Molecular smog-eater AWOL
Diminished presence of atmospheric cleanser befuddles scientists
Call it the mystery of the missing radicals.
For nearly a decade, their ranks grew. Nine years ago, however, they gradually began to disappear. While a majority of these radicals remain active, their thinning ranks puzzle a small band of people dedicated to tracking them.
Is the disappearance natural? Or do more-troubling circumstances lie behind it?
These are some of the questions atmospheric scientists are asking in the wake of a recent study documenting the worldwide decline of a powerful chemical ally in the battle against air pollution.
Simple molecules - one part oxygen and one part hydrogen (OH) - are vanishing from the atmosphere. Known as hydroxyl radicals, these molecules play a key role in forming and breaking down smog. They also neutralize heat-trapping greenhouse gases and chemicals that destroy the protective layer of ozone in the upper atmosphere.
From 1978 to 1992, the researchers report, global average concentrations of hydroxyl radicals in the atmosphere grew by about 15 percent. Then they began falling rapidly. By 2000, concentrations had dropped to about 10 percent below 1979 levels. Within the averages, the research team found another puzzle: Hydroxyl radical concentrations in the Southern Hemisphere typically run about 14 percent higher than in the Northern Hemisphere.
"The results are a surprise," notes Ronald Prinn, lead author of the study and head of the department of earth, atmospheric, and planetary sciences at the Massachusetts Institute of Technology in Cambridge.
Current theories describing the behavior of hydroxyl radicals in the atmosphere, he explains, fail to account for the North-South differences as well as for the long-term rise and fall of concentrations.
"This is a tremendous piece of work," says Michael Trainer, an atmospheric chemist at the National Oceanic and Atmospheric Administration Aeronomy Laboratory in Boulder, Colo. "It's crucial to document what OH does on a global scale and how it changes."
The reason: The molecule "is the principal atmospheric scrubber," says Fred Fehsenfeld, also with NOAA's Aeronomy Lab.
Moreover, a debate rages over how human activities may be affecting it.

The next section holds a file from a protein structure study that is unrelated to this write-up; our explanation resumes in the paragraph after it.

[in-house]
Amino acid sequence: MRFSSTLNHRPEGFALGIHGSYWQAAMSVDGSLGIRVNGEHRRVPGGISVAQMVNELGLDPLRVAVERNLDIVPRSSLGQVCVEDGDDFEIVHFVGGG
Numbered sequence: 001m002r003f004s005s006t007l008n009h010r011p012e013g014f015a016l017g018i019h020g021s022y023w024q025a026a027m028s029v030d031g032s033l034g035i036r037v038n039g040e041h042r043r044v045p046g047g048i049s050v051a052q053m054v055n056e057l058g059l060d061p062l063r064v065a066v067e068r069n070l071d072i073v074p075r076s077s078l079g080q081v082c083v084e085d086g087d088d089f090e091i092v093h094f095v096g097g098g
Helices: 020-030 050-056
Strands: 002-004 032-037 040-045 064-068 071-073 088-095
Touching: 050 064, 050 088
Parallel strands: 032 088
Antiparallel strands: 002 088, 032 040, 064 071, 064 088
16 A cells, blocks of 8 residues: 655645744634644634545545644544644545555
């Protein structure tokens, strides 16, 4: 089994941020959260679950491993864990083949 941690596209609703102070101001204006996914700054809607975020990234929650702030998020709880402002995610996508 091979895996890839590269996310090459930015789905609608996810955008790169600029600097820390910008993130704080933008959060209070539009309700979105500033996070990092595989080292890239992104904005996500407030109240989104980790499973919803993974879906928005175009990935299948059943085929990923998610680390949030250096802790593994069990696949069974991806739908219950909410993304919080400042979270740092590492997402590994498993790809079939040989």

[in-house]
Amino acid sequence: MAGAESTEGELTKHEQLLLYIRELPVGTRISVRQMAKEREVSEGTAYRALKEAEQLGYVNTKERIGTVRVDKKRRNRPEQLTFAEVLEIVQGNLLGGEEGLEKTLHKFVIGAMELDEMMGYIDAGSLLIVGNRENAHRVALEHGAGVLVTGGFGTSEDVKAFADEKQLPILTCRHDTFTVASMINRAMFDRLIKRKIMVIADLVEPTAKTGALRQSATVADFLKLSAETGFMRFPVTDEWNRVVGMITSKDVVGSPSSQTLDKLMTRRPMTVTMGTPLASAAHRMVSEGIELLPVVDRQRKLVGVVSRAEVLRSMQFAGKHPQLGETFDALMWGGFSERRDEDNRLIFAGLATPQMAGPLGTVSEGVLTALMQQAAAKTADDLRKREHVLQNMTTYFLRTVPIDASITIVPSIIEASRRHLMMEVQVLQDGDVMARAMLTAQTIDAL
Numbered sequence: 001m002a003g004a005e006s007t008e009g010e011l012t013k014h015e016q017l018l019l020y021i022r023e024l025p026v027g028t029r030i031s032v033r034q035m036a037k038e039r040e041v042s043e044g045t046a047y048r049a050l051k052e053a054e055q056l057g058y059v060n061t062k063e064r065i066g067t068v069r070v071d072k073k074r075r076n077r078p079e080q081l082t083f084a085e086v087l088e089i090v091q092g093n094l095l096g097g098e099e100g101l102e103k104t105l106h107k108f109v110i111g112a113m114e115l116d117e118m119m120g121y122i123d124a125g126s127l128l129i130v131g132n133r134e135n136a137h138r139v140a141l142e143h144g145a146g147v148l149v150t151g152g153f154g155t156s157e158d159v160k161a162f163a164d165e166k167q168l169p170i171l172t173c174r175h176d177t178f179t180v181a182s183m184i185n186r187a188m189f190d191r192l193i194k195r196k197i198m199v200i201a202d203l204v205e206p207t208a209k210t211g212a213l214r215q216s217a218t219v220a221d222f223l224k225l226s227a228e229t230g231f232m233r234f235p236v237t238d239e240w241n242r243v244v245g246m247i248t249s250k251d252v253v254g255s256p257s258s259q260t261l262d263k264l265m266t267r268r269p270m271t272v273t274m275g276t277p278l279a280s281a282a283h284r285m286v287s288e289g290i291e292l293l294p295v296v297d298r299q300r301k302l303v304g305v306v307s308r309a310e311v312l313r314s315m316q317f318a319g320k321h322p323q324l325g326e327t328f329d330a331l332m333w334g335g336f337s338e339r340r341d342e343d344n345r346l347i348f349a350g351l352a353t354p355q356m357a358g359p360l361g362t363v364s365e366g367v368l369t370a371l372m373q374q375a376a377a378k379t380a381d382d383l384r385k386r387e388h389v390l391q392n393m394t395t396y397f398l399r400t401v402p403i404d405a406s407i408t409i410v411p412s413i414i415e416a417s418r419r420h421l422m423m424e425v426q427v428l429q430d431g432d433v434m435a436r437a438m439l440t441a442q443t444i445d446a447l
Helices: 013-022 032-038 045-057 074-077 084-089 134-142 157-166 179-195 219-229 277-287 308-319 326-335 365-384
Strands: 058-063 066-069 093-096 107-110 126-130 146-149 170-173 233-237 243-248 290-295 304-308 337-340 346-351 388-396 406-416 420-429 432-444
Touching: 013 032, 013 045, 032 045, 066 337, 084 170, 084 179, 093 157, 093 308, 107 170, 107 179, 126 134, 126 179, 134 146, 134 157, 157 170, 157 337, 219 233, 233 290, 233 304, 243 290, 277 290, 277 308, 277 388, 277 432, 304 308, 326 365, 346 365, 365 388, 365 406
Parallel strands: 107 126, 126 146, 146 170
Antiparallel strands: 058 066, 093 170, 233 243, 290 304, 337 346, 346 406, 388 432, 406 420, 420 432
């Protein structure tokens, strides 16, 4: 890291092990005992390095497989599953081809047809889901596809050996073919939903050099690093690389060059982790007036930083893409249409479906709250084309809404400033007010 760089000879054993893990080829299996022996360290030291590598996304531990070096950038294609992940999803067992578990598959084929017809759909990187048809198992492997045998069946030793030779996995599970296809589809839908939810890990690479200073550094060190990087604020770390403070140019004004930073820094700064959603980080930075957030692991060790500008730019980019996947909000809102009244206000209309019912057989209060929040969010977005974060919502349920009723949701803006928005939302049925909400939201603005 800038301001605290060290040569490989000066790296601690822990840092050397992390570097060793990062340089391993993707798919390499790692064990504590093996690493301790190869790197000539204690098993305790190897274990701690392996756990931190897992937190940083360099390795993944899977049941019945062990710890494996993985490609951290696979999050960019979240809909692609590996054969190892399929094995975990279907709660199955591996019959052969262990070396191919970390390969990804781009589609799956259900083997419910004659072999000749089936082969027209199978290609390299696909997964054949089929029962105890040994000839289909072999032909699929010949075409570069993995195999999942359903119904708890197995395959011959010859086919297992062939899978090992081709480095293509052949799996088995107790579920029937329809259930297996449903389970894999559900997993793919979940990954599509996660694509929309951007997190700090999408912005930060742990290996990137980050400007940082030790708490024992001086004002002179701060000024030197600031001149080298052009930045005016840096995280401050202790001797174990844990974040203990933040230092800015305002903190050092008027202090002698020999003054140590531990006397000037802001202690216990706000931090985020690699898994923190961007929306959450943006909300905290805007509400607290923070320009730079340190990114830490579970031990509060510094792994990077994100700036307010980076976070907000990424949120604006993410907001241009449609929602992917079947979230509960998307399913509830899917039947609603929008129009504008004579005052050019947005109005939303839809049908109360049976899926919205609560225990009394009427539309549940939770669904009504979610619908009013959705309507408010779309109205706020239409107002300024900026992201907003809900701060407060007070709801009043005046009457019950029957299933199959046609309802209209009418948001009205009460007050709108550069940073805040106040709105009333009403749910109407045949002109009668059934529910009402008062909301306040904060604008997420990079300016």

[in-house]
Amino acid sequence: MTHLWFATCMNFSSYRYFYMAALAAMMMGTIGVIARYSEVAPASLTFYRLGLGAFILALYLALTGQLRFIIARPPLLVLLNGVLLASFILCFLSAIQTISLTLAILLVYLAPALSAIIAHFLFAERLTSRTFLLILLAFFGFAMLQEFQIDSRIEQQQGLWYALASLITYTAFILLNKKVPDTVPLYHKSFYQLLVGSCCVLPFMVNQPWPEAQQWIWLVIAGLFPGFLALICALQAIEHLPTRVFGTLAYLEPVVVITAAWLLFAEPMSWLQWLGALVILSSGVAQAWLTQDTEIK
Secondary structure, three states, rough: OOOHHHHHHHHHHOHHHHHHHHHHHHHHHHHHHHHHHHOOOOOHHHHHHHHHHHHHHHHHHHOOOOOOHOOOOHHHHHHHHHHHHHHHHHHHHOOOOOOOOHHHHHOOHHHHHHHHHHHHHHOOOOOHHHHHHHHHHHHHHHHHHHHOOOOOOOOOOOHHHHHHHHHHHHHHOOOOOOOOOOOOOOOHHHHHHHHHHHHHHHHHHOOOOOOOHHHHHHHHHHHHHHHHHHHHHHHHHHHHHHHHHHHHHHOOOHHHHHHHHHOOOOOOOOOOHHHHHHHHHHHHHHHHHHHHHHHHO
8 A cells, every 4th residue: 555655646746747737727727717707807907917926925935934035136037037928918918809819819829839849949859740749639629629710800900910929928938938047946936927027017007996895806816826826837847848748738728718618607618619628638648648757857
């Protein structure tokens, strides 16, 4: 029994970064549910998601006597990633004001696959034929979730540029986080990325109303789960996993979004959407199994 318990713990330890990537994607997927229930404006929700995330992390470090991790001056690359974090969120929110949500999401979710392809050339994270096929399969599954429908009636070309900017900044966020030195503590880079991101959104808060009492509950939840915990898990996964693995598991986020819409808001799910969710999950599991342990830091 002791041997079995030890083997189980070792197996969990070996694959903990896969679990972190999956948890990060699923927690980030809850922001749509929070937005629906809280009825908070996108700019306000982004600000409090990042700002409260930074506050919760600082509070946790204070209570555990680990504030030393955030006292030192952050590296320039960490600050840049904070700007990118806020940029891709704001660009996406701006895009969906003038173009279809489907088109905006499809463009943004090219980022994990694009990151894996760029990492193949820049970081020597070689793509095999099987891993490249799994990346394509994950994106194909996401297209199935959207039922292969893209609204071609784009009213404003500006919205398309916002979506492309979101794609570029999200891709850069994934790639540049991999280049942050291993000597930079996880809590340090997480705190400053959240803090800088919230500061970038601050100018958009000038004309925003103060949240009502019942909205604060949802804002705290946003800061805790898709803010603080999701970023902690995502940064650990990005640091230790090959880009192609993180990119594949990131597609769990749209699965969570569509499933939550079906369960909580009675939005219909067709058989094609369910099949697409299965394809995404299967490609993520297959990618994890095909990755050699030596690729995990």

Researchers say that some computer-based studies show OH declining steadily since the dawn of the Industrial Age, as rising pollution began to swamp the rate at which OH forms. Other studies suggest that man-made pollution - laced with OH-forming chemicals such as ozone and nitric oxide - should increase OH levels.
If the atmosphere's cleanser is vanishing, for example, then heat-trapping greenhouse gases such as methane could build faster and last longer than current forecasts suggest.
Naturally occurring OH forms when ozone and water molecules react in the presence of sunlight, Dr. Fehsenfeld explains. Emissions from cars and power plants also can stimulate its formation. But the molecule is so reactive that it pops up for no more than a second before it recombines with other molecules in the atmosphere. This makes it fiendishly difficult to measure directly on a regional or global scale. Faced with this problem, Dr. Prinn and colleagues from the Scripps Institution of Oceanography, Georgia Tech, and research institutes in Britain and Australia, used methyl chloroform as a surrogate.
Methyl chloroform has been measured since 1978 as part of a global effort to track trace gases in the atmosphere. OH does a good job of scrubbing it. Using the measurements and computer models, the team compared the measured amounts of methyl chloroform with estimates of the amount emitted by human activities each year, as well as the small amount that vanishes through reactions that don't involve OH. The amount of methyl chloroform destroyed yields an estimate of the amount of OH available for clean-up. From year to year, OH levels varied widely. But the rise-and-fall trend over the long term was clear, the researchers report, despite uncertainties inherent in their method.
Less clear in this chemical "whodunit" is the answer to the question: Whodunit?
Rising levels of short-lived pollutants in the Southern Hemisphere could be a culprit, the team speculates. So could man-made aerosols and soot, which reflect sunlight back into space, depriving OH precursors of the energy to form the radical.
Yet those potential culprits also have natural counterparts - volcanic activity generates aerosols that can persist in the atmosphere, for example. Moreover, the team notes, the climate phenomenon known as the El Nino Southern Oscillation in the Pacific can increase cloudiness, cutting down on the sunlight needed to stimulate OH-forming reactions.
"Deciding the cause will take quite a bit of work," NOAA's Dr. Trainer says.
(c) Copyright 2001. The Christian Science Monitor